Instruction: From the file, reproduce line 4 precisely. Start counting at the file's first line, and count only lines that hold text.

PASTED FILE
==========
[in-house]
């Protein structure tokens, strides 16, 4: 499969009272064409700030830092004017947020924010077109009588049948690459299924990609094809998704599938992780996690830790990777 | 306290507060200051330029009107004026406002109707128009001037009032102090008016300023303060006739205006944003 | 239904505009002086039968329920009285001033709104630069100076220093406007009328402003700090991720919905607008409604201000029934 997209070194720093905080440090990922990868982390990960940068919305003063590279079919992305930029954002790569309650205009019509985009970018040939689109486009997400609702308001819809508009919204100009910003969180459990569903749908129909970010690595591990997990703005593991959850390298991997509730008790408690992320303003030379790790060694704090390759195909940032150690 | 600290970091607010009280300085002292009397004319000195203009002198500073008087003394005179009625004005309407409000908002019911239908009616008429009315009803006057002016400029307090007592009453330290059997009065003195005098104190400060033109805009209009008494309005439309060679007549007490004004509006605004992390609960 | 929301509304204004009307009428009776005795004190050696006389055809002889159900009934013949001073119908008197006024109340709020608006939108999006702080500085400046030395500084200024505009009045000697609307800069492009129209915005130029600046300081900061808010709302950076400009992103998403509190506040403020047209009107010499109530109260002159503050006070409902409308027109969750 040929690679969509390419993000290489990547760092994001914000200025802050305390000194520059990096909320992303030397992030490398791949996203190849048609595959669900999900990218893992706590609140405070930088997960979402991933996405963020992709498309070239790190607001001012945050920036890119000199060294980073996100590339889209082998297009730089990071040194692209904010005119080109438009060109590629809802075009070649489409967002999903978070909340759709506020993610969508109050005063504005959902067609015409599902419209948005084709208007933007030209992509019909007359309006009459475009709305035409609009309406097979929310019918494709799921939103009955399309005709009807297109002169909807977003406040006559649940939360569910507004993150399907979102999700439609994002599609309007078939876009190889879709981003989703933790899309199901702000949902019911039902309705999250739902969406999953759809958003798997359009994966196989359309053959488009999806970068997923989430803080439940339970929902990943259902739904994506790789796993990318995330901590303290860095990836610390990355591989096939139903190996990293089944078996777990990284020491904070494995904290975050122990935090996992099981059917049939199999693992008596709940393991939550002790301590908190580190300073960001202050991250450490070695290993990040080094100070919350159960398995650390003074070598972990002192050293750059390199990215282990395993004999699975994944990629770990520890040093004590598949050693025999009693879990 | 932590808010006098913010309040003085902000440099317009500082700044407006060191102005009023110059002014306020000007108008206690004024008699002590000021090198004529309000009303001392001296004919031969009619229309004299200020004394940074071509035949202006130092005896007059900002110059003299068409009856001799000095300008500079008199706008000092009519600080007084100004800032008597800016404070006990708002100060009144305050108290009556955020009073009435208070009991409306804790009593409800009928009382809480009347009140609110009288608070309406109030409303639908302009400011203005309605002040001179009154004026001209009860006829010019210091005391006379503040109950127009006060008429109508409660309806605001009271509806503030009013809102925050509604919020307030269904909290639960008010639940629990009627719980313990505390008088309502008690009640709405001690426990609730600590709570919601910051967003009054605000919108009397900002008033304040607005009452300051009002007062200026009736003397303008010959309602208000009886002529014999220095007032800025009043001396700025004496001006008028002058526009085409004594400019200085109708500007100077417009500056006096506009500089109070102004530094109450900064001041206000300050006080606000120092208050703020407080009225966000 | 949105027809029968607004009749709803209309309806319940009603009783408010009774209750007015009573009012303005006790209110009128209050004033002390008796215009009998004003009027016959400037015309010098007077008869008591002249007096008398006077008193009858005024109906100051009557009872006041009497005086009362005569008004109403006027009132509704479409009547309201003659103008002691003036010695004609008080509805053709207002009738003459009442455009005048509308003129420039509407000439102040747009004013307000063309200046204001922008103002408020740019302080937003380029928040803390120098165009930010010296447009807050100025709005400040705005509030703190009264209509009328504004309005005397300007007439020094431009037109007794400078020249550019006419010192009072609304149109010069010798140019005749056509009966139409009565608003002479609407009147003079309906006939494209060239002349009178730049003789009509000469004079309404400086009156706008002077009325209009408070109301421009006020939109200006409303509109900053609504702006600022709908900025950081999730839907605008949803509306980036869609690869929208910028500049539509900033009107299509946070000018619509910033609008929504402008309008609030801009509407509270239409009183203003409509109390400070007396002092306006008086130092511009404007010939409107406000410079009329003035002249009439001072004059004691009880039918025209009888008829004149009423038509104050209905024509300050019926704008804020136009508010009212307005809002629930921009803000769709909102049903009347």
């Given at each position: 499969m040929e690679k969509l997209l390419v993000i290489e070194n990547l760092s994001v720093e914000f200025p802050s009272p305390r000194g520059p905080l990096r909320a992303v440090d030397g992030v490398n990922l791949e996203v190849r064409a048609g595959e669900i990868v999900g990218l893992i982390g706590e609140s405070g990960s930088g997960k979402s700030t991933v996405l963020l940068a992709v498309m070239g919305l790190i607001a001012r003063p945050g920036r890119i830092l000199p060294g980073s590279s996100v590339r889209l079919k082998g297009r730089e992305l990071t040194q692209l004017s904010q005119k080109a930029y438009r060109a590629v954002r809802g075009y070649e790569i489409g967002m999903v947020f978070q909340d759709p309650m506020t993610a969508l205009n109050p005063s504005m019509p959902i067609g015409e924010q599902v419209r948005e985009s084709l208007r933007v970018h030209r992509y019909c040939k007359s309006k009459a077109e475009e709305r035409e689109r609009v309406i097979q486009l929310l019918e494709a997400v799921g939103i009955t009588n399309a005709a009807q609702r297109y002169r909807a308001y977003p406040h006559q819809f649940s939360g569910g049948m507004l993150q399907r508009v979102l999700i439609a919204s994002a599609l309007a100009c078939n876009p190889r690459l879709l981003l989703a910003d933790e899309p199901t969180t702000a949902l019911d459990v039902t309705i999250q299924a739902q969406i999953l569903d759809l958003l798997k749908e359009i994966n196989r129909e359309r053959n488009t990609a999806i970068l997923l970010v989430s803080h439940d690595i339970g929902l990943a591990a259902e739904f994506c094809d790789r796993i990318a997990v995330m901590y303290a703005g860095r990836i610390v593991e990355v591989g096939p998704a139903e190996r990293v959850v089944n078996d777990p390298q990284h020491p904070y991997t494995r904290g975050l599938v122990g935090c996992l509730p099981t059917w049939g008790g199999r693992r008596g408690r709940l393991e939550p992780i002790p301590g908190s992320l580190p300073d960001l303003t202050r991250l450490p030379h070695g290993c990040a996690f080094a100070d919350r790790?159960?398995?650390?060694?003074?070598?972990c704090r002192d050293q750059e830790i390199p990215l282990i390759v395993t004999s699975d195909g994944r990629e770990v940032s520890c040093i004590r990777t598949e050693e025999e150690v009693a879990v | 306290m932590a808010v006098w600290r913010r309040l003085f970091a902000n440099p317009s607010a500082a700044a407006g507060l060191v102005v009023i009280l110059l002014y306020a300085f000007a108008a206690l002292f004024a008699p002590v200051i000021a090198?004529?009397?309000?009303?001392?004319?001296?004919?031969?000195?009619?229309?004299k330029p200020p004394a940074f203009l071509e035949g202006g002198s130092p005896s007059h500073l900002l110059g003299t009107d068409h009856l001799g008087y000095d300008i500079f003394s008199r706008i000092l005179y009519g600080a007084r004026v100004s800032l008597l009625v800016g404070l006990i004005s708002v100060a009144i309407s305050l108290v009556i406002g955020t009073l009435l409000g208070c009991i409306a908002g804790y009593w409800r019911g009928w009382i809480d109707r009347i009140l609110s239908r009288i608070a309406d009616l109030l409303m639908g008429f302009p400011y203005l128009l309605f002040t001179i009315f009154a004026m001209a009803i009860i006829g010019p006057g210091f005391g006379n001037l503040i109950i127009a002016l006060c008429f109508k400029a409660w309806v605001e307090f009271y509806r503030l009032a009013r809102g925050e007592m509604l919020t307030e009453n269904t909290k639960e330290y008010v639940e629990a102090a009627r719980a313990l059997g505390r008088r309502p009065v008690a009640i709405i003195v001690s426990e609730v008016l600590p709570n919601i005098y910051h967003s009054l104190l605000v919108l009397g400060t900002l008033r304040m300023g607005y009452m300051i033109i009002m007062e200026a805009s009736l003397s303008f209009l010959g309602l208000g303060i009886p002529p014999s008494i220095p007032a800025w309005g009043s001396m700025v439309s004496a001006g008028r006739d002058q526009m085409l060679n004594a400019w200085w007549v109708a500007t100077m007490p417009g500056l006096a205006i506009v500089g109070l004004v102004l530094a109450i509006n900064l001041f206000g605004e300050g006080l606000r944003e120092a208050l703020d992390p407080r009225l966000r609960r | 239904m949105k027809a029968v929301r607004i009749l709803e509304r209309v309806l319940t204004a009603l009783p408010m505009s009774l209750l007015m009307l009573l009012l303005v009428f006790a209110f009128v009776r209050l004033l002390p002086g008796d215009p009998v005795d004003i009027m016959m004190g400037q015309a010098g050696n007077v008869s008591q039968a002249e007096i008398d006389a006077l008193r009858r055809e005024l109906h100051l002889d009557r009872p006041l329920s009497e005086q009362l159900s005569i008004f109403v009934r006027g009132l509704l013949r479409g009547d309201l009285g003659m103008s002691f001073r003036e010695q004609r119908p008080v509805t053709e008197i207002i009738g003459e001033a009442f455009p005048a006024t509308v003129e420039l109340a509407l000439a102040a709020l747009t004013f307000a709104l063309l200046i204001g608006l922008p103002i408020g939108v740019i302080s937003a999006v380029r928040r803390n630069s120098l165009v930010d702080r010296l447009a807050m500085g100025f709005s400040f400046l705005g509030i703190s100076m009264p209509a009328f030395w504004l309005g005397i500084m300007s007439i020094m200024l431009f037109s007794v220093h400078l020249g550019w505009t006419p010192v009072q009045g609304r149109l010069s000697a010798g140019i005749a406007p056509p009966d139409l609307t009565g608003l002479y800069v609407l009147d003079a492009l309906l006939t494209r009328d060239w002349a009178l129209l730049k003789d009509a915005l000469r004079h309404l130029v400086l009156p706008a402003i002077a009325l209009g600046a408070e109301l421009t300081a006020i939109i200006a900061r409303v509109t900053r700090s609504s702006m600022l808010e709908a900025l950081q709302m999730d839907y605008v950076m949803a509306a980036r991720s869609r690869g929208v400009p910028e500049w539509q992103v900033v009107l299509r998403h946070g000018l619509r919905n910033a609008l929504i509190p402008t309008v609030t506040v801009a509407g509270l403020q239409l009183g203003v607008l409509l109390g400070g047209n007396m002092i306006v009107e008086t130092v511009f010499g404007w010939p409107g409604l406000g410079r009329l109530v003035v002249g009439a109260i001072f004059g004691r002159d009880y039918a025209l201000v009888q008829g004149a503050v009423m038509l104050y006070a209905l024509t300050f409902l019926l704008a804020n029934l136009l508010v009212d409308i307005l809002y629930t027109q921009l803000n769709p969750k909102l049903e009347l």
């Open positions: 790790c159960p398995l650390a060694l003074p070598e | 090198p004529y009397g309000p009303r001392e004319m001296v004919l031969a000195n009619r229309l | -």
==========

């Open positions: 790790c159960p398995l650390a060694l003074p070598e | 090198p004529y009397g309000p009303r001392e004319m001296v004919l031969a000195n009619r229309l | -």